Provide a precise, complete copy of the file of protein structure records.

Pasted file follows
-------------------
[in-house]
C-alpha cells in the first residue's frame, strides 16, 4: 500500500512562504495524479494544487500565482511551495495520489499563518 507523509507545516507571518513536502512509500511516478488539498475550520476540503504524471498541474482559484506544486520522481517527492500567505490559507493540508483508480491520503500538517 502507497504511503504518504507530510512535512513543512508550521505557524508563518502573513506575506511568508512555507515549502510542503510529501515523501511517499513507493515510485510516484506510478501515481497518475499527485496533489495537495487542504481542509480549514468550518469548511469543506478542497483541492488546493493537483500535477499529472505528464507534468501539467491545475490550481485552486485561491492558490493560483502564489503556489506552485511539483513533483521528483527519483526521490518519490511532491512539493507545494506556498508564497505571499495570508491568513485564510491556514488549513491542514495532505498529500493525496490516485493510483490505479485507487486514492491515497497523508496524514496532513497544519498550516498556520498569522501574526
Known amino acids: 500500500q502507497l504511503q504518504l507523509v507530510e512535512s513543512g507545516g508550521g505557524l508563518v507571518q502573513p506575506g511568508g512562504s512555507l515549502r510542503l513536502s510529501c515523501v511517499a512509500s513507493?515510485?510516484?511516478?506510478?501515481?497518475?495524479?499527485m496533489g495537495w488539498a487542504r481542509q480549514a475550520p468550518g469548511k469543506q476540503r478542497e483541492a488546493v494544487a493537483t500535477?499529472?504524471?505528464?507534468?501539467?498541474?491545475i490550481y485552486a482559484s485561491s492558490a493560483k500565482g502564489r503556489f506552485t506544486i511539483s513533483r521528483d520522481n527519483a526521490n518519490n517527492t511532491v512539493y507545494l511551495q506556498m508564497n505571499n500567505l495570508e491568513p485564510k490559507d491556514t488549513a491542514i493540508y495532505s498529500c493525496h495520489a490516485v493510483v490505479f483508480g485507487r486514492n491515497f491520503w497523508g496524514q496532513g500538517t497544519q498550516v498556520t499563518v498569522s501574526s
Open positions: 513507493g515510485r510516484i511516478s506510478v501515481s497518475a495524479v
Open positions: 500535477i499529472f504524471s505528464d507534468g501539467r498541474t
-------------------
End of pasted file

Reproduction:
[in-house]
C-alpha cells in the first residue's frame, strides 16, 4: 500500500512562504495524479494544487500565482511551495495520489499563518 507523509507545516507571518513536502512509500511516478488539498475550520476540503504524471498541474482559484506544486520522481517527492500567505490559507493540508483508480491520503500538517 502507497504511503504518504507530510512535512513543512508550521505557524508563518502573513506575506511568508512555507515549502510542503510529501515523501511517499513507493515510485510516484506510478501515481497518475499527485496533489495537495487542504481542509480549514468550518469548511469543506478542497483541492488546493493537483500535477499529472505528464507534468501539467491545475490550481485552486485561491492558490493560483502564489503556489506552485511539483513533483521528483527519483526521490518519490511532491512539493507545494506556498508564497505571499495570508491568513485564510491556514488549513491542514495532505498529500493525496490516485493510483490505479485507487486514492491515497497523508496524514496532513497544519498550516498556520498569522501574526
Known amino acids: 500500500q502507497l504511503q504518504l507523509v507530510e512535512s513543512g507545516g508550521g505557524l508563518v507571518q502573513p506575506g511568508g512562504s512555507l515549502r510542503l513536502s510529501c515523501v511517499a512509500s513507493?515510485?510516484?511516478?506510478?501515481?497518475?495524479?499527485m496533489g495537495w488539498a487542504r481542509q480549514a475550520p468550518g469548511k469543506q476540503r478542497e483541492a488546493v494544487a493537483t500535477?499529472?504524471?505528464?507534468?501539467?498541474?491545475i490550481y485552486a482559484s485561491s492558490a493560483k500565482g502564489r503556489f506552485t506544486i511539483s513533483r521528483d520522481n527519483a526521490n518519490n517527492t511532491v512539493y507545494l511551495q506556498m508564497n505571499n500567505l495570508e491568513p485564510k490559507d491556514t488549513a491542514i493540508y495532505s498529500c493525496h495520489a490516485v493510483v490505479f483508480g485507487r486514492n491515497f491520503w497523508g496524514q496532513g500538517t497544519q498550516v498556520t499563518v498569522s501574526s
Open positions: 513507493g515510485r510516484i511516478s506510478v501515481s497518475a495524479v
Open positions: 500535477i499529472f504524471s505528464d507534468g501539467r498541474t